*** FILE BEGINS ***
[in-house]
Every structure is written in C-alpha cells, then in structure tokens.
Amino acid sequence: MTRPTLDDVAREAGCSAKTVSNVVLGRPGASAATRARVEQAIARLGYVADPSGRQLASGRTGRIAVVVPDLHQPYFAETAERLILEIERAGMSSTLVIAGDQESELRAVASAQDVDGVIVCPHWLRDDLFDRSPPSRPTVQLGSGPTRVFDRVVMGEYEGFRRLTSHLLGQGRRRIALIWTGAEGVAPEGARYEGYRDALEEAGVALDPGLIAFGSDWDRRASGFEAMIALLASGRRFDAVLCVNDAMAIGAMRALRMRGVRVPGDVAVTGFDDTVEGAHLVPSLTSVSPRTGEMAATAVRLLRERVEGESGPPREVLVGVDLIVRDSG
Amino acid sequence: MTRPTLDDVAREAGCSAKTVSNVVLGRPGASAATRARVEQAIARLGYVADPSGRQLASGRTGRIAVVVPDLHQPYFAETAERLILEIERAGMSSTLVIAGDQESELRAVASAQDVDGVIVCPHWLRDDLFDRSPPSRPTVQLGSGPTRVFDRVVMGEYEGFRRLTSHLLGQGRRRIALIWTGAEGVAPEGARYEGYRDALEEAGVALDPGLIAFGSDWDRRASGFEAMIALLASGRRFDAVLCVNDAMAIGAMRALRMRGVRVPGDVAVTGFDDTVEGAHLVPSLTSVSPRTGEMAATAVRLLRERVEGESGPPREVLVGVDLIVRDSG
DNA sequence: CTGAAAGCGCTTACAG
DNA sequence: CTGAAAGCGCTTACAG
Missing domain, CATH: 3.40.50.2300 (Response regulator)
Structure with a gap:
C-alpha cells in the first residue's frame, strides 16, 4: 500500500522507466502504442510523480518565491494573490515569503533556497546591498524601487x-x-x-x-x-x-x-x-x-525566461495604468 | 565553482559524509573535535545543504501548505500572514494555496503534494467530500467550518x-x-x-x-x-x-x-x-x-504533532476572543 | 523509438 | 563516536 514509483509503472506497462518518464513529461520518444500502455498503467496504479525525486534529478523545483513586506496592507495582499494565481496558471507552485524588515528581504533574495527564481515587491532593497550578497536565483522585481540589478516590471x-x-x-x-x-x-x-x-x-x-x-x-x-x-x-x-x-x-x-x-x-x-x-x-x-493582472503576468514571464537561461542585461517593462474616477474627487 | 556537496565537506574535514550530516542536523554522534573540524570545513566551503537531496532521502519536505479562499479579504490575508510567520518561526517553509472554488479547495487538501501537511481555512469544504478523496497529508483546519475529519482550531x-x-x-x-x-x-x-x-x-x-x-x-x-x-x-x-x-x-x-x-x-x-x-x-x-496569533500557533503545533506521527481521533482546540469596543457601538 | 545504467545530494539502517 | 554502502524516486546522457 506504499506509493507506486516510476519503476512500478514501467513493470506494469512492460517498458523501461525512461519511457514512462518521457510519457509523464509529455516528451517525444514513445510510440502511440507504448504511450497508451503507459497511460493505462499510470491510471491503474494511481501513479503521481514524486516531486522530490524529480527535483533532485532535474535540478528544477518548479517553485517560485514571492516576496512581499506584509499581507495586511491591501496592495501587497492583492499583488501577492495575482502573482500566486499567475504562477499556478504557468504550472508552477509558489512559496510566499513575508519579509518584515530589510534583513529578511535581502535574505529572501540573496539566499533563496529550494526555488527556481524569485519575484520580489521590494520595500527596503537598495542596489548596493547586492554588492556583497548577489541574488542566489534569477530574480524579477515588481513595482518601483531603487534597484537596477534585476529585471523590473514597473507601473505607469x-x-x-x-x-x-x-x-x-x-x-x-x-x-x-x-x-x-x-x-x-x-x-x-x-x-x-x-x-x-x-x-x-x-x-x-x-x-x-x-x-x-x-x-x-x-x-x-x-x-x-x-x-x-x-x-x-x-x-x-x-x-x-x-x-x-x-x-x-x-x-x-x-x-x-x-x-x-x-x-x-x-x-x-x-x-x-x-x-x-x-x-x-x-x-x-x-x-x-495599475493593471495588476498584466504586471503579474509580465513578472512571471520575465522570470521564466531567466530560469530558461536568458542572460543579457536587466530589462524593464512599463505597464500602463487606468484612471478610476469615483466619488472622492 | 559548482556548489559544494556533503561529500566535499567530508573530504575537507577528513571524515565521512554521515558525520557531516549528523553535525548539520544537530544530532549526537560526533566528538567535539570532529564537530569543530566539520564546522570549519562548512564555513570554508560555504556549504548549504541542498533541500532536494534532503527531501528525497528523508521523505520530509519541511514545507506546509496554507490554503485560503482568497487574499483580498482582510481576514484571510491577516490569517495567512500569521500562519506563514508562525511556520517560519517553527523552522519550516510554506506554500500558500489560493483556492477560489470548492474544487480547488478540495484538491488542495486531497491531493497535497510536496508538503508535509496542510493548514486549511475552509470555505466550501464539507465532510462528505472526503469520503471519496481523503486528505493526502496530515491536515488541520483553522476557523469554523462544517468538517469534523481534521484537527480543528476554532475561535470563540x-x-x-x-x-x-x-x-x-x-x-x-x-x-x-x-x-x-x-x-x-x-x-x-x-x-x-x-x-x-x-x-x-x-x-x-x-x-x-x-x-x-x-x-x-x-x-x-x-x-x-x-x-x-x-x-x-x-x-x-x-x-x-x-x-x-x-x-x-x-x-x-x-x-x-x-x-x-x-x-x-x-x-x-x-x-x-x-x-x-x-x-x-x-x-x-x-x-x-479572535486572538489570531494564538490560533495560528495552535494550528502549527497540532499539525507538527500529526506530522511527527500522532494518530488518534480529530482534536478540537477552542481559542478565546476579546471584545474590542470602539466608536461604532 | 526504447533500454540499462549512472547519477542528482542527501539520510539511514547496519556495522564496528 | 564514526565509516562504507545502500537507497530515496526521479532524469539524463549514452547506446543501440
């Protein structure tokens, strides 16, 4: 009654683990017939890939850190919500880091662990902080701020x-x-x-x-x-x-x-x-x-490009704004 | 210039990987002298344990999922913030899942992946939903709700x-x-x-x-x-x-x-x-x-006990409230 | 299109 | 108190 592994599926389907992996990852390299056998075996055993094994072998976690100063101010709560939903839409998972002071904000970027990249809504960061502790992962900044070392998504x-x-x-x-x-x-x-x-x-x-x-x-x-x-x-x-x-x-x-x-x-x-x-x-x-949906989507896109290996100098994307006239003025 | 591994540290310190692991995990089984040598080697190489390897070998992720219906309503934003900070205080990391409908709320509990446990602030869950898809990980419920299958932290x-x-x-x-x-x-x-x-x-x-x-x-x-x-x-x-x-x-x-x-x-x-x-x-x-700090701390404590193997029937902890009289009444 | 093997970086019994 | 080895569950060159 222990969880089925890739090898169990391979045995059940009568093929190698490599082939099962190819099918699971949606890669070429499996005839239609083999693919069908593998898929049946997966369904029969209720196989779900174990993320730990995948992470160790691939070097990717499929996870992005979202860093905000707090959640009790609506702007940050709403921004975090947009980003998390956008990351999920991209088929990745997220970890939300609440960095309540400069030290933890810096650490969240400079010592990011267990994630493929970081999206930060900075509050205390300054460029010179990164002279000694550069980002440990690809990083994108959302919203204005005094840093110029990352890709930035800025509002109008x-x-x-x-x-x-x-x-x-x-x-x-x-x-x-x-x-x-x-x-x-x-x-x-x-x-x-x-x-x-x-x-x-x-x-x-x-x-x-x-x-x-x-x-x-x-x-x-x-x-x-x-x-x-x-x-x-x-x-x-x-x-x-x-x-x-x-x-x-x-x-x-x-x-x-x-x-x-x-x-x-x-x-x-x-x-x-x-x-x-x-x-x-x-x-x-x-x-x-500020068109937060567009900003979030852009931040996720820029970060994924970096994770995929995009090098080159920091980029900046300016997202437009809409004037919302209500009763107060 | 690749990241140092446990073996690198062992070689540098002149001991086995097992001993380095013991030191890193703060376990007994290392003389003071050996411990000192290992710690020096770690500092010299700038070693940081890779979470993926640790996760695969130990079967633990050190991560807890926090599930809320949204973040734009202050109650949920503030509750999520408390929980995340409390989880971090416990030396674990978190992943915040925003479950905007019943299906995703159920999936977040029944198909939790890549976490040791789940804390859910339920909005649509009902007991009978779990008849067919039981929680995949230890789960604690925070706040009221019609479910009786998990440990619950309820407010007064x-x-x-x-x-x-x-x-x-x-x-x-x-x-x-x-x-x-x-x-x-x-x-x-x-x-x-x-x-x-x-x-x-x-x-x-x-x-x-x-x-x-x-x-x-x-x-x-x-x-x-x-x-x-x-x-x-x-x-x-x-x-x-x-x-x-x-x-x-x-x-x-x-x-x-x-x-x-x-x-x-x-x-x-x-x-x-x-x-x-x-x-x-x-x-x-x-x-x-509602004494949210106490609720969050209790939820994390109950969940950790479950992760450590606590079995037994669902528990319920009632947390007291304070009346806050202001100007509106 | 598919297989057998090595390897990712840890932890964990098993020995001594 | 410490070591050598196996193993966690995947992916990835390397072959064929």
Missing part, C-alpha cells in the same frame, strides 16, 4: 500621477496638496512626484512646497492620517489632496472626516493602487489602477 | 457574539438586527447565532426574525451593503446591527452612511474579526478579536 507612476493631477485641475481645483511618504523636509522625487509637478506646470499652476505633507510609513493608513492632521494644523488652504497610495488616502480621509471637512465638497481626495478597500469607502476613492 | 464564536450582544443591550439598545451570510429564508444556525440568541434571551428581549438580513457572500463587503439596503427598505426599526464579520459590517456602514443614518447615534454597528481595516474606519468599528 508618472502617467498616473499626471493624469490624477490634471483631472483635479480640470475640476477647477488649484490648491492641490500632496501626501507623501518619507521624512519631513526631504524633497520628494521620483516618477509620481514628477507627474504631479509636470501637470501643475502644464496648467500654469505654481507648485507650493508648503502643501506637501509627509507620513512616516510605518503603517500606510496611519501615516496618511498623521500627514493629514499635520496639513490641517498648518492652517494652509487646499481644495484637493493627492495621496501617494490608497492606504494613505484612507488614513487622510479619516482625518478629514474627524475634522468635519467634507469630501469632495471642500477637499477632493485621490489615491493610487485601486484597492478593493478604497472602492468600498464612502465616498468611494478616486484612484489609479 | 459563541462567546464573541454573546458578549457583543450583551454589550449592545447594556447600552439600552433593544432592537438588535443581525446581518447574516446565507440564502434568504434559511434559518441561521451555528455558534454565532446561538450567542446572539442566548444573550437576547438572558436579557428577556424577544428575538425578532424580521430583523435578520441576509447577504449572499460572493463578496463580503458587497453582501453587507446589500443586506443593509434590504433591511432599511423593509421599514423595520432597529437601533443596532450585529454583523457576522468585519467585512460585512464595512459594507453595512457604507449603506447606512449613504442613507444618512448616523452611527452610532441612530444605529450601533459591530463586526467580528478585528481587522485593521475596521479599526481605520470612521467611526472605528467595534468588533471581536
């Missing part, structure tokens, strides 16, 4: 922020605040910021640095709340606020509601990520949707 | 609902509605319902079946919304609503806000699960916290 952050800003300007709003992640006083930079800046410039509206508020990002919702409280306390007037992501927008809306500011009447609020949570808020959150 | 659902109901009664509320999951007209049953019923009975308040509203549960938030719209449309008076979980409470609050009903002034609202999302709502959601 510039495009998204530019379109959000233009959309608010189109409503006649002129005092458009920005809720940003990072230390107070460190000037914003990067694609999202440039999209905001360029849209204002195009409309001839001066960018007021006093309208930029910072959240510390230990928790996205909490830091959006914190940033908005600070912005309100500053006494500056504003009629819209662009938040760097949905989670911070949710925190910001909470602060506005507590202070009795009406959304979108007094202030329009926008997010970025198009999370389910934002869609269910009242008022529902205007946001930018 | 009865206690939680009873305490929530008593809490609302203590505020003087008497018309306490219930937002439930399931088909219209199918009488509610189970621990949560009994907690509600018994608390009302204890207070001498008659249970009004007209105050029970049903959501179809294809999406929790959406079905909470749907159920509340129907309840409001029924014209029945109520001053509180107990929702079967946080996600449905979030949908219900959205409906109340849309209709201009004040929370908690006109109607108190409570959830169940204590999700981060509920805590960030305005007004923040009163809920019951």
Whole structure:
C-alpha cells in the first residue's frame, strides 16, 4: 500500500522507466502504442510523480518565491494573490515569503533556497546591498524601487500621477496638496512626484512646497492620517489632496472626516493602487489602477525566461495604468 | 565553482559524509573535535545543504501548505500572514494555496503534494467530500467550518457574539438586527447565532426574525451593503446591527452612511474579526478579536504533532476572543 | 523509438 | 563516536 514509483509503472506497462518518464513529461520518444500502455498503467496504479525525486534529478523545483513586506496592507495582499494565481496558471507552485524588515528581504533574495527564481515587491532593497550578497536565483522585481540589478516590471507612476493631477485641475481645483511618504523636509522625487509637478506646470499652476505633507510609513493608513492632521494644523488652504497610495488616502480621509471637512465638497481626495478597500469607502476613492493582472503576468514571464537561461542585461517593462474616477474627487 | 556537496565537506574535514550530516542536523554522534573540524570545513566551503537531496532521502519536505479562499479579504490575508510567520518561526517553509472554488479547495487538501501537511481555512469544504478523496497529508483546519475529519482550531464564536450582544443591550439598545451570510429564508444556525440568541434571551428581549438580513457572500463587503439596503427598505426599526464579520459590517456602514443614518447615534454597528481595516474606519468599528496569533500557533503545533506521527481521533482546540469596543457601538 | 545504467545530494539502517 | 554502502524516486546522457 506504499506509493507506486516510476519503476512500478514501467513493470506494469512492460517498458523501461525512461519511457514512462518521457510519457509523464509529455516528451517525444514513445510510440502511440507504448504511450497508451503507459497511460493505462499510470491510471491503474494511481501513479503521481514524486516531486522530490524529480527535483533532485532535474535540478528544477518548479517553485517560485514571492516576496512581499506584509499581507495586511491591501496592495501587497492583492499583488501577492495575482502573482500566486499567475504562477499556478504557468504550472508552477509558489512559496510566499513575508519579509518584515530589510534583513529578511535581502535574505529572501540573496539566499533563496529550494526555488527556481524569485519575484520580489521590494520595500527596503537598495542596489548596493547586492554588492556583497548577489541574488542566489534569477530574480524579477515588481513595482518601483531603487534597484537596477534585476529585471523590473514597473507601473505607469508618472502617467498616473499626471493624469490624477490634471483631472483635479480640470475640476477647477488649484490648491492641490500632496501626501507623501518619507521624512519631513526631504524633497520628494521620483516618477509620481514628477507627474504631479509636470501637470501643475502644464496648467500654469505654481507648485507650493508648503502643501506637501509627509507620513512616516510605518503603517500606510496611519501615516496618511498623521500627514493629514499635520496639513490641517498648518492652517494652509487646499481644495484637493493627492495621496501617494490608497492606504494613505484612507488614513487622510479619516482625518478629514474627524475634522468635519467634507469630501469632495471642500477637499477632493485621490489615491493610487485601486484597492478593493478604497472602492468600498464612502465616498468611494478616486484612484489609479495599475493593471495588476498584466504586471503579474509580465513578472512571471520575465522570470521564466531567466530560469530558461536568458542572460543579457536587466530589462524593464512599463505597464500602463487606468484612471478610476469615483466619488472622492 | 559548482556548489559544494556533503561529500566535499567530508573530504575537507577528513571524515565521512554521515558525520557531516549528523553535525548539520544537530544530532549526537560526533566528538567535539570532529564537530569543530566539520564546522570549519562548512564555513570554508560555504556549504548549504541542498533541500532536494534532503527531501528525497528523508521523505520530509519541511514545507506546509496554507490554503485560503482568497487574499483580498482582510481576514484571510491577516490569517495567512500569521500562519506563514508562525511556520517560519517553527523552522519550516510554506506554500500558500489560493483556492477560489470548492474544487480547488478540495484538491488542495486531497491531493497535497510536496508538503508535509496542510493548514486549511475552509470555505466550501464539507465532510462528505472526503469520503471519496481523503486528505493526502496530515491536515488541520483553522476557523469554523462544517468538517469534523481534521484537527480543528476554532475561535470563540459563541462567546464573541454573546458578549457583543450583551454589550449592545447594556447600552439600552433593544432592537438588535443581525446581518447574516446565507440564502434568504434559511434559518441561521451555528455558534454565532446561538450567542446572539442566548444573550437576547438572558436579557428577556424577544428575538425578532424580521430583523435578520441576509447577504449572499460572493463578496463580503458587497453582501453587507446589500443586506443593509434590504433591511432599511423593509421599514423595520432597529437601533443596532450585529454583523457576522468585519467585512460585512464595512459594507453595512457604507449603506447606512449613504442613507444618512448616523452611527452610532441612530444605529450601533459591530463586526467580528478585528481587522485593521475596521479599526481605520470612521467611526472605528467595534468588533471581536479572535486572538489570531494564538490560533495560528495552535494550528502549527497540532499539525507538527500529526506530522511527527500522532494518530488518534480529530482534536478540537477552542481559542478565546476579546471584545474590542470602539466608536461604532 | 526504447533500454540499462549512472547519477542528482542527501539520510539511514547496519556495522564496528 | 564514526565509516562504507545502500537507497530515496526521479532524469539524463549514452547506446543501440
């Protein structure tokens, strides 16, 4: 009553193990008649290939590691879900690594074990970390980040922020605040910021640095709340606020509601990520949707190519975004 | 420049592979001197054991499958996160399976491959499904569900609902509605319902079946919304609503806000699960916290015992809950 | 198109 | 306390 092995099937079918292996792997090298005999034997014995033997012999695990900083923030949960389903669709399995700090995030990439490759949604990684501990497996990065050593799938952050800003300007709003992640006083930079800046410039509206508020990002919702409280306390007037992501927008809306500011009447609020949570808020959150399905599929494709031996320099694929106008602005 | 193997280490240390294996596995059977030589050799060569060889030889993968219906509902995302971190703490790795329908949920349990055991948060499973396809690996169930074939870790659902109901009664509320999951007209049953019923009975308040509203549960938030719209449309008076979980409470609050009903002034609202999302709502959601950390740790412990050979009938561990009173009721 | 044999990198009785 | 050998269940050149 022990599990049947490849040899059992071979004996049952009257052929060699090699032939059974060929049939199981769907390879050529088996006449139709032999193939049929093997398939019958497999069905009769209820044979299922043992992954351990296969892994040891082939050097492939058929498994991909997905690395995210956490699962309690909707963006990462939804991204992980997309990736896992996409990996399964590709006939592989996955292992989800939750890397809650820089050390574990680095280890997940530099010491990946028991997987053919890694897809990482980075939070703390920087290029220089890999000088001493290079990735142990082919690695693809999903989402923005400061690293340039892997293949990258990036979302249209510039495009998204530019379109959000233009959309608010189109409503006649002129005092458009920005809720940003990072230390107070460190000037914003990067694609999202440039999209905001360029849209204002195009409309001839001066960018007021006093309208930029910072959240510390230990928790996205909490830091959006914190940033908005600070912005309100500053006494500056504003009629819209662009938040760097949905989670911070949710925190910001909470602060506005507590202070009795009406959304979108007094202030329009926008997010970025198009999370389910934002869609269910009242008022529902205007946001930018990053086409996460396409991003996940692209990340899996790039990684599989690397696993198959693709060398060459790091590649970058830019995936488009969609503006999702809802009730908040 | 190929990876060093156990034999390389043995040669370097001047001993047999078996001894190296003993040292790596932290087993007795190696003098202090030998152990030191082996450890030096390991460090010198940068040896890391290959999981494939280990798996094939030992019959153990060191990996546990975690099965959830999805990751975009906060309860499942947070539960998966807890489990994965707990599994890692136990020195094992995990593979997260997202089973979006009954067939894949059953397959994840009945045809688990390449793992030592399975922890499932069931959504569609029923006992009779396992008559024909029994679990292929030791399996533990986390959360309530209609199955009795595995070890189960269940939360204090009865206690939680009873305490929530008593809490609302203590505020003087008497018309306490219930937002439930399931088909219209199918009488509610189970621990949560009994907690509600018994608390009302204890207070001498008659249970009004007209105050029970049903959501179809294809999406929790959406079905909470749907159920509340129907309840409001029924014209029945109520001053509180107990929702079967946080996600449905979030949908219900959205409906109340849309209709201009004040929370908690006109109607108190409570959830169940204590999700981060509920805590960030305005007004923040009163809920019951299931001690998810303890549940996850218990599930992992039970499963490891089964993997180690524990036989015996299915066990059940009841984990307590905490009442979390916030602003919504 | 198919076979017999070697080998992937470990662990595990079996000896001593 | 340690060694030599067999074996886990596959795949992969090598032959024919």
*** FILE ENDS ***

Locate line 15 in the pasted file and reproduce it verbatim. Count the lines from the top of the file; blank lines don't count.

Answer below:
């Protein structure tokens, strides 16, 4: 009553193990008649290939590691879900690594074990970390980040922020605040910021640095709340606020509601990520949707190519975004 | 420049592979001197054991499958996160399976491959499904569900609902509605319902079946919304609503806000699960916290015992809950 | 198109 | 306390 092995099937079918292996792997090298005999034997014995033997012999695990900083923030949960389903669709399995700090995030990439490759949604990684501990497996990065050593799938952050800003300007709003992640006083930079800046410039509206508020990002919702409280306390007037992501927008809306500011009447609020949570808020959150399905599929494709031996320099694929106008602005 | 193997280490240390294996596995059977030589050799060569060889030889993968219906509902995302971190703490790795329908949920349990055991948060499973396809690996169930074939870790659902109901009664509320999951007209049953019923009975308040509203549960938030719209449309008076979980409470609050009903002034609202999302709502959601950390740790412990050979009938561990009173009721 | 044999990198009785 | 050998269940050149 022990599990049947490849040899059992071979004996049952009257052929060699090699032939059974060929049939199981769907390879050529088996006449139709032999193939049929093997398939019958497999069905009769209820044979299922043992992954351990296969892994040891082939050097492939058929498994991909997905690395995210956490699962309690909707963006990462939804991204992980997309990736896992996409990996399964590709006939592989996955292992989800939750890397809650820089050390574990680095280890997940530099010491990946028991997987053919890694897809990482980075939070703390920087290029220089890999000088001493290079990735142990082919690695693809999903989402923005400061690293340039892997293949990258990036979302249209510039495009998204530019379109959000233009959309608010189109409503006649002129005092458009920005809720940003990072230390107070460190000037914003990067694609999202440039999209905001360029849209204002195009409309001839001066960018007021006093309208930029910072959240510390230990928790996205909490830091959006914190940033908005600070912005309100500053006494500056504003009629819209662009938040760097949905989670911070949710925190910001909470602060506005507590202070009795009406959304979108007094202030329009926008997010970025198009999370389910934002869609269910009242008022529902205007946001930018990053086409996460396409991003996940692209990340899996790039990684599989690397696993198959693709060398060459790091590649970058830019995936488009969609503006999702809802009730908040 | 190929990876060093156990034999390389043995040669370097001047001993047999078996001894190296003993040292790596932290087993007795190696003098202090030998152990030191082996450890030096390991460090010198940068040896890391290959999981494939280990798996094939030992019959153990060191990996546990975690099965959830999805990751975009906060309860499942947070539960998966807890489990994965707990599994890692136990020195094992995990593979997260997202089973979006009954067939894949059953397959994840009945045809688990390449793992030592399975922890499932069931959504569609029923006992009779396992008559024909029994679990292929030791399996533990986390959360309530209609199955009795595995070890189960269940939360204090009865206690939680009873305490929530008593809490609302203590505020003087008497018309306490219930937002439930399931088909219209199918009488509610189970621990949560009994907690509600018994608390009302204890207070001498008659249970009004007209105050029970049903959501179809294809999406929790959406079905909470749907159920509340129907309840409001029924014209029945109520001053509180107990929702079967946080996600449905979030949908219900959205409906109340849309209709201009004040929370908690006109109607108190409570959830169940204590999700981060509920805590960030305005007004923040009163809920019951299931001690998810303890549940996850218990599930992992039970499963490891089964993997180690524990036989015996299915066990059940009841984990307590905490009442979390916030602003919504 | 198919076979017999070697080998992937470990662990595990079996000896001593 | 340690060694030599067999074996886990596959795949992969090598032959024919």